( chromatic---thumb to minor 3rd with the ring finger on one string, then thumb to major third, then thumb to fourth) . Also, practice thumb position going back as far as D on the G string.
  6. fdeck

    fdeck Supporting Member Commercial User

    Mar 20, 2004
    Madison WI
    HPF Technology LLC
    Thanks for the advice, and offer. I played the 'cello from 4th grade through high school, and I got pretty good at thumb position. However, I have not been able to translate it to the bass. A couple of barriers: One is doubtlessly just the physical demands of the bass. The other is that I can't "think" on the bass when my thumb is involved, i.e., translate my musical intentions directly into workable fingerings, which seems to be necessary for soloing.

    So I am hoping that some exercises will get me over the technical issues, and also program the logic of thumb position fingering into my brain.
  7. petracchi
  8. joemagar

    joemagar Supporting Member

    Nov 4, 2008
    Baltimore, MD
    Streicher, My Way of Playing the Double Bass Vol. IV.
  9. I was going to suggest the Bach Cello suite No 1 in G and then I saw that Mike already mentioned it. It's my go-to when I need a thumb tune up. You can play most of the in-staff Gs as an open string so you can really hear when you're out of tune.

  10. Jonny Mah

    Jonny Mah

    Nov 9, 2009
    A simple way to get comfortable in thumb position is to just take melodies of tunes you already know and play them up the octave in different keys. That way you're practicing a musical and technical concept at the same time.
  11. Very cool so many suggest the Michael Moore book and the Bach Cello suite No 1 in G. @Mike, I would love to see the additional etudes/exercises you have developed. I'm going to check out the Lovano/Mraz You Tube clip as well.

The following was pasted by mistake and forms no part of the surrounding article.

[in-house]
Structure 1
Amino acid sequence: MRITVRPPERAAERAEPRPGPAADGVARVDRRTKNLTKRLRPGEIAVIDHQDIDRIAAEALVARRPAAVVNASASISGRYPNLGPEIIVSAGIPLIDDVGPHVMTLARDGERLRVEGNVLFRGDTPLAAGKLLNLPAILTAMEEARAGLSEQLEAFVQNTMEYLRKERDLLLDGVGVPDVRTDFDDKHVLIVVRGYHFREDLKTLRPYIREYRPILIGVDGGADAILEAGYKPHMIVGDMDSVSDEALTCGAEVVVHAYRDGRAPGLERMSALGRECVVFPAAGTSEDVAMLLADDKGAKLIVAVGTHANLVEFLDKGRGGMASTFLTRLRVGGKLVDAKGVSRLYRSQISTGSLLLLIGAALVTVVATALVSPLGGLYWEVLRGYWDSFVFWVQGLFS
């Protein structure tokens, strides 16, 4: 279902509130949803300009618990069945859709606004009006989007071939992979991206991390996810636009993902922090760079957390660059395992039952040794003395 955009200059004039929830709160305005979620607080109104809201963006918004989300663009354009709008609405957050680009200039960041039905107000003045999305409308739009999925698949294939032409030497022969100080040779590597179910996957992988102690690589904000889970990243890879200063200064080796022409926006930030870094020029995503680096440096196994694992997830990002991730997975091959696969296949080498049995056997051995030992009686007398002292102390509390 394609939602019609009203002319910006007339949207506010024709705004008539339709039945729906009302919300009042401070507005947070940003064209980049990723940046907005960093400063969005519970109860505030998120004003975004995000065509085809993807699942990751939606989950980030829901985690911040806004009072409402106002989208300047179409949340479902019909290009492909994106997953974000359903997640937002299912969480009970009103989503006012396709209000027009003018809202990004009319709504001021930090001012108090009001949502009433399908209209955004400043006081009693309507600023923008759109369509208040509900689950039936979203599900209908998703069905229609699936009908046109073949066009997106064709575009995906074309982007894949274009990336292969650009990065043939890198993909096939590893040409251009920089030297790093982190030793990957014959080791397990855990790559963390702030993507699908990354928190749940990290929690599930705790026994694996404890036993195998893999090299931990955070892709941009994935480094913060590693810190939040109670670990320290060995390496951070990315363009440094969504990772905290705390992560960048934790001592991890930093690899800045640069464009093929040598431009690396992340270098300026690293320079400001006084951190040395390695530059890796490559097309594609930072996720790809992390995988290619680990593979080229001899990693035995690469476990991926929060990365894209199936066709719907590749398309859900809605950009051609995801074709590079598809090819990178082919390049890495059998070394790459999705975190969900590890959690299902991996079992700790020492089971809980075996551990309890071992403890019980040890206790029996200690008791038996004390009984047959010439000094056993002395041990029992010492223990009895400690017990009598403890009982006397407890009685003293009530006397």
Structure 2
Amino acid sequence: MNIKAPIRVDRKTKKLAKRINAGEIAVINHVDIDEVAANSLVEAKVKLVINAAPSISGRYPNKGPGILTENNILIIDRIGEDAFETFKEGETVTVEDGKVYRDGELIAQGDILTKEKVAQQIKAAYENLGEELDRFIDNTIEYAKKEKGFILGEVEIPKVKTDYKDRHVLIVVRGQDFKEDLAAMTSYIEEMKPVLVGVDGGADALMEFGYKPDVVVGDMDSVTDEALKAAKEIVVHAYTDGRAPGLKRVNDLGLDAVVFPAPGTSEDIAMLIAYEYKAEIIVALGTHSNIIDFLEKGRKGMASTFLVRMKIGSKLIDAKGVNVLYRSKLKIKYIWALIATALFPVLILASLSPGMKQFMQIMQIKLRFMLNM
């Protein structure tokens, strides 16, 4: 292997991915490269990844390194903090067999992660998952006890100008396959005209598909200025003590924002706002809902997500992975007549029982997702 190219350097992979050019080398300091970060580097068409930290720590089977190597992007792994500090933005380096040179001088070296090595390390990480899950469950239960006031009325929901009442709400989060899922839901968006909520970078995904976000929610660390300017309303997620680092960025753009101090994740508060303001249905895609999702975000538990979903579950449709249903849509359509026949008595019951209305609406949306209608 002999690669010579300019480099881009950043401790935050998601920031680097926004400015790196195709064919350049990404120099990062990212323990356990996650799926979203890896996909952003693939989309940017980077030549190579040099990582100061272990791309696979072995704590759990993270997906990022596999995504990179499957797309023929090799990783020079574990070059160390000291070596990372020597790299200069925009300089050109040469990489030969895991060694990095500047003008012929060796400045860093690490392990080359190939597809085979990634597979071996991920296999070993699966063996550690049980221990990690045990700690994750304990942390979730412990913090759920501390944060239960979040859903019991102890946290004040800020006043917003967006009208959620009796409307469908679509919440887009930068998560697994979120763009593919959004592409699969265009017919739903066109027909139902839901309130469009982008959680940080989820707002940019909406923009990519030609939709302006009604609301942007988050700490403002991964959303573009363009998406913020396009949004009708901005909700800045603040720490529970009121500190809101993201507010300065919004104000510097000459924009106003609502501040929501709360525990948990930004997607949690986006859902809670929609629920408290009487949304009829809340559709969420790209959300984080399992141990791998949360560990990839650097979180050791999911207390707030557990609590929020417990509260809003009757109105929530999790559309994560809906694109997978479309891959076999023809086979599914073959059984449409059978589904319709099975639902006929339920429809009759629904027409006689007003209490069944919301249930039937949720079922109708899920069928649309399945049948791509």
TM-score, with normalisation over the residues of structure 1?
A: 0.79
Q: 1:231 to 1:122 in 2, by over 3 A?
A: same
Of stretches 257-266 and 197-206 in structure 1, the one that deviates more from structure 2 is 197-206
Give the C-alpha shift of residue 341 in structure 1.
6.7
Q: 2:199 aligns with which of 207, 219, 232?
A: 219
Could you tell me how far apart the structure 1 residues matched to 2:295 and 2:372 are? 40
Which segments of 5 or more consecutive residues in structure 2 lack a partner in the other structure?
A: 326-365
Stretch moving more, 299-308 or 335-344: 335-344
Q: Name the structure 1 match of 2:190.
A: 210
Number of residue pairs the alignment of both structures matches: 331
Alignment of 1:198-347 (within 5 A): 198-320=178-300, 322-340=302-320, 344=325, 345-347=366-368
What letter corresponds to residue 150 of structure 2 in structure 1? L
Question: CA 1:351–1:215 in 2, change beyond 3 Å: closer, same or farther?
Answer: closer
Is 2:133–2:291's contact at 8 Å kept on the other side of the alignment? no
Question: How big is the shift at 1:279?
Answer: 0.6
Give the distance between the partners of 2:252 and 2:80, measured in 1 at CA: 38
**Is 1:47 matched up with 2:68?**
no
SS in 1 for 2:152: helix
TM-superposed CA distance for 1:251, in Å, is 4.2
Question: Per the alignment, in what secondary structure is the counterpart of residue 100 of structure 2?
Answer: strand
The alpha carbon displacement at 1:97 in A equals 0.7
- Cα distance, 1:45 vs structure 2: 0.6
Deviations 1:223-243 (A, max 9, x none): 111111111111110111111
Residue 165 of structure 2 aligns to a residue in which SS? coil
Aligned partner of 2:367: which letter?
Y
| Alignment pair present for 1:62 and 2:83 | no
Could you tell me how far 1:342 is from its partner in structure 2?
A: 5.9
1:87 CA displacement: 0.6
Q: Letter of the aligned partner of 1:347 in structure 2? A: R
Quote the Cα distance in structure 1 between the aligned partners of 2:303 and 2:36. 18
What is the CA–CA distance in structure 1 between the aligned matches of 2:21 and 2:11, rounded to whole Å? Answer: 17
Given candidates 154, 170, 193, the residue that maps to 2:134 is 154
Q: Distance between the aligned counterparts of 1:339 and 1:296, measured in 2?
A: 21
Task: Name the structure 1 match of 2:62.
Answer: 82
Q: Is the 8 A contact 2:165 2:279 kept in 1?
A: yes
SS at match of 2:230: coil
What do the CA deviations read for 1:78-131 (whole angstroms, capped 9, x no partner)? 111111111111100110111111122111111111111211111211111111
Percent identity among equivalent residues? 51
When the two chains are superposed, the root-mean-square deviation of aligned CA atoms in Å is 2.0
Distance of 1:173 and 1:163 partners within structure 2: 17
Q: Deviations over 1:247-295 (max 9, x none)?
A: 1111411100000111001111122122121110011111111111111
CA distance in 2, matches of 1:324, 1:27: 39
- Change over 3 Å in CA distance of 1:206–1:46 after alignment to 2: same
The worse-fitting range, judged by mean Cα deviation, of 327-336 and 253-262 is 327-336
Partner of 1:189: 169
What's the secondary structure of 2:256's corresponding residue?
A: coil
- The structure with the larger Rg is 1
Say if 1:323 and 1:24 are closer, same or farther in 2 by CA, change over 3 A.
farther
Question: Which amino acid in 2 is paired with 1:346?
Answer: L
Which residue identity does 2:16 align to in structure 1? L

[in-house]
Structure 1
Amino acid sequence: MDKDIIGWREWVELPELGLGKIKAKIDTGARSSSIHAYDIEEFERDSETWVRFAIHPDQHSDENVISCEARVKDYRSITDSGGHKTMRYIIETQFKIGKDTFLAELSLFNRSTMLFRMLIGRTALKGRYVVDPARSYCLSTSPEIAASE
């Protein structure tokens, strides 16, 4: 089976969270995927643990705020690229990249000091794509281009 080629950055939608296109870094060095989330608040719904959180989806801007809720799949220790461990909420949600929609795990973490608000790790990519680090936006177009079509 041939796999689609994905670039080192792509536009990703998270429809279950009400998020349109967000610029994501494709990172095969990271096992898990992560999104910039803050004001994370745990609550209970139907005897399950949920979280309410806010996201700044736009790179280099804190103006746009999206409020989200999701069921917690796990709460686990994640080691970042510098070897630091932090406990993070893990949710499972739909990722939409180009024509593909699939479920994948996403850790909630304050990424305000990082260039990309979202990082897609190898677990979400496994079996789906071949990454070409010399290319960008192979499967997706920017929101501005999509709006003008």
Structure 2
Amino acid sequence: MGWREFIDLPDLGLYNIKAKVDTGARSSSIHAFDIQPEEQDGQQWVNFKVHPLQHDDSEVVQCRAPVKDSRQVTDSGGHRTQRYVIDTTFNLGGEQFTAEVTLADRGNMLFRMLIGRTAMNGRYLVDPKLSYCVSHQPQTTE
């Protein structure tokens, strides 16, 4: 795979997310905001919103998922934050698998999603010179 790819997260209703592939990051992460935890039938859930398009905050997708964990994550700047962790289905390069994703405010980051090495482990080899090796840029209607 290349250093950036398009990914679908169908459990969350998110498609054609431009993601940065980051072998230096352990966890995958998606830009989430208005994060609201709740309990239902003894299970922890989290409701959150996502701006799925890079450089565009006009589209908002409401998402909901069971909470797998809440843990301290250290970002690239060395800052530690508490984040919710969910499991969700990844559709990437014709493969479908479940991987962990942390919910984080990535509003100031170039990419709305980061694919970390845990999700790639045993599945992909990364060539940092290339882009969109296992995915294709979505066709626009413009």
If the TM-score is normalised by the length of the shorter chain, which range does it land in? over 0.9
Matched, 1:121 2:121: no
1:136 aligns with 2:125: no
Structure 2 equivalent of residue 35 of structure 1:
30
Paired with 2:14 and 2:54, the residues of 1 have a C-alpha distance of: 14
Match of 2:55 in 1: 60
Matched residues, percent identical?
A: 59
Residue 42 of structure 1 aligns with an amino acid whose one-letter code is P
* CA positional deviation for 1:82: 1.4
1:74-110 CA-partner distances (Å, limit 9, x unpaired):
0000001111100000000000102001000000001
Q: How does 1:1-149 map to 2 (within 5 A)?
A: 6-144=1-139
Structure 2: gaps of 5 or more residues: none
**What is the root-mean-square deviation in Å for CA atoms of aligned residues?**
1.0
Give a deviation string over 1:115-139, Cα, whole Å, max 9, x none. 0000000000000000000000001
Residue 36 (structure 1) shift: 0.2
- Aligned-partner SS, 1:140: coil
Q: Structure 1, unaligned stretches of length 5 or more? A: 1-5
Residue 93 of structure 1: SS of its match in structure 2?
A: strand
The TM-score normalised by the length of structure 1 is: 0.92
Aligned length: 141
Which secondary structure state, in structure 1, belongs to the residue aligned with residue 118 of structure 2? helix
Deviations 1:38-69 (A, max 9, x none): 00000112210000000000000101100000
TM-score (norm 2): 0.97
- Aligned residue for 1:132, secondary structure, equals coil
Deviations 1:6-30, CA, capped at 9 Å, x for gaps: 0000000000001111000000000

12. fdeck

    fdeck Supporting Member Commercial User

    Mar 20, 2004
    Madison WI
    HPF Technology LLC
    I'd like to dig into the Prelude in G. Should I figure out my own fingerings, or is it better to start with a fingered edition?
  13. Les Fret

    Les Fret

    Sep 9, 2009
    just play Eccles sonata 4th movement or the Dragonneti concerto.

    It covers (almost) all you need to know about TP and you are actually playing real music instead of boring exercises.
  14. joemagar

    joemagar Supporting Member

    Nov 4, 2008
    Baltimore, MD
    If you're going to be using the Prelude to the 1st suite as an vessel for developing thumb position technique you may wish to find an edition that is fingered with that in mind or structure your own fingerings to that end. I can't think of an edition that has great fingerings in it, but I know when I teach the 1st suite to develop technique, I give (and use) different fingerings than when I teach to someone who plans on performing it.